Employment Among Young People at Lowest Level Since World War IIPrint This Post
Number of Working Youth in Georgia Dwindled by Half during Past Decade
Georgia has the third-lowest rate of teen employment in the nation.
Only 19 percent of youths ages 16 to 19 are employed, compared to the national average of 26 percent.
Only 55 percent of young adults ages 20 to 24 are employed, also the third-worst rate in the nation.
More than 200,000 Georgia teens and young adults are not in school and not working. They are failing to gain the skills employers require in the 21st century. According to a new KIDS COUNT report from the Annie E. Casey Foundation, this lack of training and experience is likely to send young people veering down a path to chronic underemployment as adults.
Lack of education, opportunity, and connection to school or work has long-term implications for disconnected youth. The report, Youth and Work: Restoring Teen and Young Adult Connections to Opportunity, warns that they may become adults with insufficient financial prospects, unable to achieve financial stability.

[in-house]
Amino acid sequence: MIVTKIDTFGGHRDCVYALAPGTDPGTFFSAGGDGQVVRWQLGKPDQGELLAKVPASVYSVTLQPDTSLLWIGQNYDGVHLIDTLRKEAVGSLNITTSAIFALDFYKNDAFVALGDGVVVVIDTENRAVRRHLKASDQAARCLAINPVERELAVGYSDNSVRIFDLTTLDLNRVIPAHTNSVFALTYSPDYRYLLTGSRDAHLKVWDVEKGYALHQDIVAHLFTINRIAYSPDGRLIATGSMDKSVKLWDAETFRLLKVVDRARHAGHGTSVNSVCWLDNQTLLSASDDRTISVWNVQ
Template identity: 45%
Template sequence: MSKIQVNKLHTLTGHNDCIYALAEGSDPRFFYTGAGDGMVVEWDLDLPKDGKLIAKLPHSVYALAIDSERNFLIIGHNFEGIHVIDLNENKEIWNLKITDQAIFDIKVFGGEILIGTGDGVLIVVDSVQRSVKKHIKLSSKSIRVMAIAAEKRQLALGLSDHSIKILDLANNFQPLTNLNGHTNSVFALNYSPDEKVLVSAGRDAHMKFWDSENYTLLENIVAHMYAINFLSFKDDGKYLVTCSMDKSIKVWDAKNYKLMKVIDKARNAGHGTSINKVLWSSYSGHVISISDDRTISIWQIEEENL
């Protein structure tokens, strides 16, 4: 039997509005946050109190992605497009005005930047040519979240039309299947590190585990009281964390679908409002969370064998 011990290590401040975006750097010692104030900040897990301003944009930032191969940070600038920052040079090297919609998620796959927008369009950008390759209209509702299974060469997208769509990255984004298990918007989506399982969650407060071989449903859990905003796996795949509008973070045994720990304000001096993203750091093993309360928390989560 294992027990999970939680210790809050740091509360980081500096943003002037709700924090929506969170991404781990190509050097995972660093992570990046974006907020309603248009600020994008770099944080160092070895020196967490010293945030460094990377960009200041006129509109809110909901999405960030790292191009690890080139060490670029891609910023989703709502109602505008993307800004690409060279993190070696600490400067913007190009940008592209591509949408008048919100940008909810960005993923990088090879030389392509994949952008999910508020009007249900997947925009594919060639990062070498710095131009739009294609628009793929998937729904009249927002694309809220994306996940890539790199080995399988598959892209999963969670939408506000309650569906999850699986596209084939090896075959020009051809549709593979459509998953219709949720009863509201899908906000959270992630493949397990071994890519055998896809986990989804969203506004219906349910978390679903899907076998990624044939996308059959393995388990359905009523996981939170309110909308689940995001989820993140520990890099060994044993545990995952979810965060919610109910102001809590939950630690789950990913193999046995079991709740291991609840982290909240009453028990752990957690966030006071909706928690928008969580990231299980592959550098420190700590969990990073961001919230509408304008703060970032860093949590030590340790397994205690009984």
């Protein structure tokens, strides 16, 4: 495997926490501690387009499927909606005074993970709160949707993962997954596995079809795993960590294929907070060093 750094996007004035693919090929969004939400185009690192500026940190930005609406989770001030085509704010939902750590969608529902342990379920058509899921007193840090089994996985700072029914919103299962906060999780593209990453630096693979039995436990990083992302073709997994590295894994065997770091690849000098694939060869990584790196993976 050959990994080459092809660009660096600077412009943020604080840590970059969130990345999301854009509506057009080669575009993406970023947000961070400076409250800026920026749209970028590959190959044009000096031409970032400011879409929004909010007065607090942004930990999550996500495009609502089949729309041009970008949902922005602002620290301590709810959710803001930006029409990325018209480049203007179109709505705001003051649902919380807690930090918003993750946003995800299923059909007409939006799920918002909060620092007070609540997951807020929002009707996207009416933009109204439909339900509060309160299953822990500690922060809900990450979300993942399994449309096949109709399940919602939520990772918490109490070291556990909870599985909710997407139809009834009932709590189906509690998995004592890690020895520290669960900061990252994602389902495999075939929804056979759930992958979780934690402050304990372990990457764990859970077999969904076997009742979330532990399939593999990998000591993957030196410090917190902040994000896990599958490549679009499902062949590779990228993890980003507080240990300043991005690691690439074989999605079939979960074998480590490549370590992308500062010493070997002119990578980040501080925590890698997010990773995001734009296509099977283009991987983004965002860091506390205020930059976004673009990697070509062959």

“Here in Georgia we have the third-lowest rate of teen employment in the nation,” said Georgia Family Connection Partnership Executive Director Gaye Morris Smith. “Only 19 percent of our youth ages 16 to 19 are employed, compared to the national average of 26 percent, and 55 percent of our young adults ages 20 to 24 are employed. That’s the third-worst rate in the nation.”
Disconnected youth—as they are often described—present a significant cost to taxpayers. Many rely on government programs for additional support, and there’s a greater likelihood that these young people will be incarcerated. In addition, the latest data from the U.S. Census Bureau’s Current Population Survey shows more than 20 percent of these young people have children of their own, which means their inability to find work and build careers can perpetuate an intergenerational cycle of poverty.